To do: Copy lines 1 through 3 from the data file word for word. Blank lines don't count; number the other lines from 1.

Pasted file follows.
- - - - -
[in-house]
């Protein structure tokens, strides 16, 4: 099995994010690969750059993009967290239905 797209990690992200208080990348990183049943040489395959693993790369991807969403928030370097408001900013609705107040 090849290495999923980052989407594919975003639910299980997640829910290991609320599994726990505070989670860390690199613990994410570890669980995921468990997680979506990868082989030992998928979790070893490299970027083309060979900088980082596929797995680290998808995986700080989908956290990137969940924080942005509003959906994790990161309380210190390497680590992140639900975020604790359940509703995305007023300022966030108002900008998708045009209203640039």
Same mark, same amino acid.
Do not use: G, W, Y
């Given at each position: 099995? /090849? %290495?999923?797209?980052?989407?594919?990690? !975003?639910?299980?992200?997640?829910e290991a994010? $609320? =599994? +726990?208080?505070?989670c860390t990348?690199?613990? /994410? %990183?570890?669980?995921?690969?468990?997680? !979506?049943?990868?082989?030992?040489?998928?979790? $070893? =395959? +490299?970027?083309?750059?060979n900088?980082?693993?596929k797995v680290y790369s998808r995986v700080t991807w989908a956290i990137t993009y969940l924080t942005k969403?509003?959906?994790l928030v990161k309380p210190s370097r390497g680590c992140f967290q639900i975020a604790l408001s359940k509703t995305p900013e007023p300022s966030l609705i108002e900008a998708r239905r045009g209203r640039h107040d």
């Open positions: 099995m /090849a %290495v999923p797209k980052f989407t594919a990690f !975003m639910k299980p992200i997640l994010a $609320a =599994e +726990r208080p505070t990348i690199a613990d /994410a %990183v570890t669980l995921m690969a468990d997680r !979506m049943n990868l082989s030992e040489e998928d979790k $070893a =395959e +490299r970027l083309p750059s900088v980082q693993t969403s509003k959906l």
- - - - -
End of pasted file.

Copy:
[in-house]
């Protein structure tokens, strides 16, 4: 099995994010690969750059993009967290239905 797209990690992200208080990348990183049943040489395959693993790369991807969403928030370097408001900013609705107040 090849290495999923980052989407594919975003639910299980997640829910290991609320599994726990505070989670860390690199613990994410570890669980995921468990997680979506990868082989030992998928979790070893490299970027083309060979900088980082596929797995680290998808995986700080989908956290990137969940924080942005509003959906994790990161309380210190390497680590992140639900975020604790359940509703995305007023300022966030108002900008998708045009209203640039």
Same mark, same amino acid.